The United Kingdom’s defence pact with Australia could “go further”, Boris Johnson has told the country’s newly-elected prime minister.
Downing Street said the prime minister had “fulsomely” congratulated Anthony Albanese on his victory during a phone call on Monday morning.
Australia signed a trilateral military deal with Britain and the US last year in an agreement that will see the two partners help Canberra to develop its own nuclear-powered submarines.
The allies also announced in April that they had agreed to work together on hypersonic and anti-hypersonic weaponry.
But Mr Johnson said he felt the relationship could be deepened as both leaders heralded the “exciting opportunities” presented by AUKUS.
A Downing Street spokeswoman said: “The prime minister told the new Australian leader that he wanted to congratulate him fulsomely on the big moment and said he looked forward to strengthening the UK-Australia relationship even further.
“Prime Minister Albanese thanked the prime minister and noted that the UK and Australia had a strong and historic friendship, stemming from their close Commonwealth ties.
“The pair agreed that there was more that could be done together.
“Both leaders agreed that there was strong alignment between their governments’ joint agendas, spanning across global security, climate change and trade.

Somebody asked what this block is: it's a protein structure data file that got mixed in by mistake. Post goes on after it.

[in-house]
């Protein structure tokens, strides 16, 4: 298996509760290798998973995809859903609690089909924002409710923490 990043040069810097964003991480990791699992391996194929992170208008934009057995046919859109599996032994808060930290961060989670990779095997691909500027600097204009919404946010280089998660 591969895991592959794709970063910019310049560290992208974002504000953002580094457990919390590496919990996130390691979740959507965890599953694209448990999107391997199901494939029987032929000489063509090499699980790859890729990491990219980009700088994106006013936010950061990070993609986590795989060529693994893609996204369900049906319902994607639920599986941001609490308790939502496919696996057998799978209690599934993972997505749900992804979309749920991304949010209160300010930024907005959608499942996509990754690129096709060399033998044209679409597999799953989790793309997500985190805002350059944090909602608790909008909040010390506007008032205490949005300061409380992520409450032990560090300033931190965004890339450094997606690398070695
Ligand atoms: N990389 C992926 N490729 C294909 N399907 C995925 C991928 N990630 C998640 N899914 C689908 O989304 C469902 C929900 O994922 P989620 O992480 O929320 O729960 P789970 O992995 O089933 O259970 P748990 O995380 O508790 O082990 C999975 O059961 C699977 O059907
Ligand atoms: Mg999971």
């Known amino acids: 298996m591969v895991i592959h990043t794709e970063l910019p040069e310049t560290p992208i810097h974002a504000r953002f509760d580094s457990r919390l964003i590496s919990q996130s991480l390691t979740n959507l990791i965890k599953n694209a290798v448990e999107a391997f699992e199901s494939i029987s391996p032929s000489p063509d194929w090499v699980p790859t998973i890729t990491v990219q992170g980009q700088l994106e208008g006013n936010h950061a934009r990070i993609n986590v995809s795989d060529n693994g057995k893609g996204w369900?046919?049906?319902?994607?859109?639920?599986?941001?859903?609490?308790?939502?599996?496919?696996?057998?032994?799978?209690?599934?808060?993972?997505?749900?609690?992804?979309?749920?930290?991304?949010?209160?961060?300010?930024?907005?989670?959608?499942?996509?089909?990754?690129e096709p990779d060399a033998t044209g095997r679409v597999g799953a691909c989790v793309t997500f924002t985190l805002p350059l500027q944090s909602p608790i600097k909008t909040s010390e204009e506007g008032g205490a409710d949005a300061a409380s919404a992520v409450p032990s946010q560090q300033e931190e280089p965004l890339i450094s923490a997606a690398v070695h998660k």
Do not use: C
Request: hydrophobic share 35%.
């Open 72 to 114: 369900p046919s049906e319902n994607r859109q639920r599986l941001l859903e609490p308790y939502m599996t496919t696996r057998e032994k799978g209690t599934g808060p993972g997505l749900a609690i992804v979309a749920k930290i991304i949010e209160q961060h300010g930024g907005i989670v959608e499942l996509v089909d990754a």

“Discussing AUKUS, the leaders strongly agreed on its vital importance and the exciting opportunities it provided.
“The prime minister said he thought the trilateral grouping could go further together in other domains, where both countries could collaborate for the global good.”
In a tweet about the conversation, Mr Albanese said he had “affirmed the strength of Australia’s close relationship with the United Kingdom” to Mr Johnson.
“We discussed our shared commitment to AUKUS and to acting on the challenge of climate change,” the Australian leader said.
No 10 said the leaders also touched upon the conflict in Ukraine during their conversation, as well as trade.
The two countries signed a trade deal in December in an agreement that was welcomed by business groups but criticised by the agricultural sector, with the National Farmers’ Union describing the terms as “one-sided”.
“On trade, both leaders agreed the free trade agreement was incredibly important to both countries going forward, as well as the UK’s accession to the CPTPP trade bloc,” a Downing Street spokeswoman said.
“The leaders agreed to stay in close touch, and hoped they would be able to meet in person soon.”